Keeping your home safe is essential especially when it’s occupied, so it’s best to keep a few basic measures in mind. First is to always keep entryways into your residence secured — with multiple locks, if possible. If you have Christmas decorations in the front yard, make sure they’re plugged into an outlet at your porch or garage rather than one inside the house; leaving doors even a tiny bit ajar for wires to run through can be disastrous.
And unless you’re expecting them, don’t just let strangers into your house. Ask why they’re there, and if you can, find a way to verify their story or identity. As for people claiming to be law enforcement officials, you can open the door and answer questions they may have, but you don’t have to let them in. Remember, policemen can enter your home only if you let them or they have a warrant.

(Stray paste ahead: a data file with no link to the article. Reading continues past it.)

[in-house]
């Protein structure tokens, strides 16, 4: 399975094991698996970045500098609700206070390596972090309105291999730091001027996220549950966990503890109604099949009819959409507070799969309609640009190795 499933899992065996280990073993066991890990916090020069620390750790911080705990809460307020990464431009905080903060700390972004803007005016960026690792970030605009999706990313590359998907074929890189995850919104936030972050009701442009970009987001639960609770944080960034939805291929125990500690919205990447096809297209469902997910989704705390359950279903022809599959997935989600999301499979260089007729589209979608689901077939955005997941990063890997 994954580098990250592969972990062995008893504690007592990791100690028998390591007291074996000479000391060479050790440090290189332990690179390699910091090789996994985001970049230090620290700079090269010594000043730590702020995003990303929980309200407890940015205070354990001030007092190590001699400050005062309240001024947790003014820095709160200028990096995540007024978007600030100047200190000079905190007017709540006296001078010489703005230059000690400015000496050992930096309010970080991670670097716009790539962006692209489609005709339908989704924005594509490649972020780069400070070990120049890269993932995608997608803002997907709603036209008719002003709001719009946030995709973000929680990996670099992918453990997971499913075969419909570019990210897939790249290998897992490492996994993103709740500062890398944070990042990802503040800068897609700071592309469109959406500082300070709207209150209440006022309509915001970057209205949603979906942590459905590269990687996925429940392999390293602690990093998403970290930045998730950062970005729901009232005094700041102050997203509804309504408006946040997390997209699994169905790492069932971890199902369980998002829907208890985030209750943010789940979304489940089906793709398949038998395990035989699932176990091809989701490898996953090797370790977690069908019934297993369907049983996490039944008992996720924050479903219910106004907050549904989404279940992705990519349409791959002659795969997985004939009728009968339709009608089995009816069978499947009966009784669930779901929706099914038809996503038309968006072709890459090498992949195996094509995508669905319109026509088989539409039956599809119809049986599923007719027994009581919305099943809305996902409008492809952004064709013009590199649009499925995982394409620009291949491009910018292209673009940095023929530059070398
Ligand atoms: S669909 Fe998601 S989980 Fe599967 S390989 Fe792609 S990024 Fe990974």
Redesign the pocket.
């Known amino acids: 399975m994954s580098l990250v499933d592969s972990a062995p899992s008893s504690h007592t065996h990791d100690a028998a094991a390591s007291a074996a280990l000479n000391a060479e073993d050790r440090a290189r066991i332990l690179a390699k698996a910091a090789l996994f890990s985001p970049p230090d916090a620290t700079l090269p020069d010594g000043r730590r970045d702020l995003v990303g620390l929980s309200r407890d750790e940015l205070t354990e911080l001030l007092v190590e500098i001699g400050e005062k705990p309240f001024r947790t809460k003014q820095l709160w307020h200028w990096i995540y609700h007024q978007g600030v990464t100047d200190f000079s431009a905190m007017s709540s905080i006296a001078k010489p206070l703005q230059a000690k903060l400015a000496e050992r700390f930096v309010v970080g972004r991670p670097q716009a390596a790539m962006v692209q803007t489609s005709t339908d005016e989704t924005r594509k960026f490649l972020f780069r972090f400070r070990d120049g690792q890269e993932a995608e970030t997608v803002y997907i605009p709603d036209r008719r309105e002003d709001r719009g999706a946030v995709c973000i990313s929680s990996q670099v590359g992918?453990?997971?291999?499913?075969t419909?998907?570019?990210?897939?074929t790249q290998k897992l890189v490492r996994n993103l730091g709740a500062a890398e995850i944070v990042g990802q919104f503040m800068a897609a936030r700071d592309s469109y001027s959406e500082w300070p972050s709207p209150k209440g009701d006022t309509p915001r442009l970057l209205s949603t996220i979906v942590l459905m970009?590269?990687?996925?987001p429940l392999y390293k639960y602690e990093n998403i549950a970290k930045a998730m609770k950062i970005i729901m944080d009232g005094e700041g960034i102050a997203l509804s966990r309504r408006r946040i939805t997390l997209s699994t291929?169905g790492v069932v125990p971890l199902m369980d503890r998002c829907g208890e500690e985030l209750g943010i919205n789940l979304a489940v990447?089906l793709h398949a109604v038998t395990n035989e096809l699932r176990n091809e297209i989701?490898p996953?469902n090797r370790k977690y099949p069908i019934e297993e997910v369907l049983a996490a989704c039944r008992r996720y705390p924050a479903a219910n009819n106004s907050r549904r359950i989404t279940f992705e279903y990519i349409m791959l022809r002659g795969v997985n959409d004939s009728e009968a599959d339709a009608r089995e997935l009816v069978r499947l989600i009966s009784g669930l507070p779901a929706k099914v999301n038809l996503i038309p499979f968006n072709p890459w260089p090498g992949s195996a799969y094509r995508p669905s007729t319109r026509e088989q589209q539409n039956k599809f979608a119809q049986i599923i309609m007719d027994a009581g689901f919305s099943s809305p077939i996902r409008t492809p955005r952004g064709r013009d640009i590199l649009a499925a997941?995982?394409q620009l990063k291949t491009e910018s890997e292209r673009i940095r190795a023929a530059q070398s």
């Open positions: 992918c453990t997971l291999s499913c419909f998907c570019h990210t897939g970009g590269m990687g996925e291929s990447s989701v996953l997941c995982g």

Of course, some members of your family may be too trusting and likely to let strangers in. If you have a home security system, such as a DSC alarm system, you may want to give them a panic button to wear around their wrist or neck. That way, they still have a chance to sound the alarm when they’re in trouble.
Don’t Show Them What You Got
If you have friends or family from far away, you may not have all your presents underneath the tree; some may arrive at your doorstep. It isn’t that surprising, since online shopping is definitely a hot trend for the busy. But if you’re going to be away from home, you might want to consider additional security measures. Here in the US, in Canada, and even as far as the UK, a new type of crime is on the rise: package theft.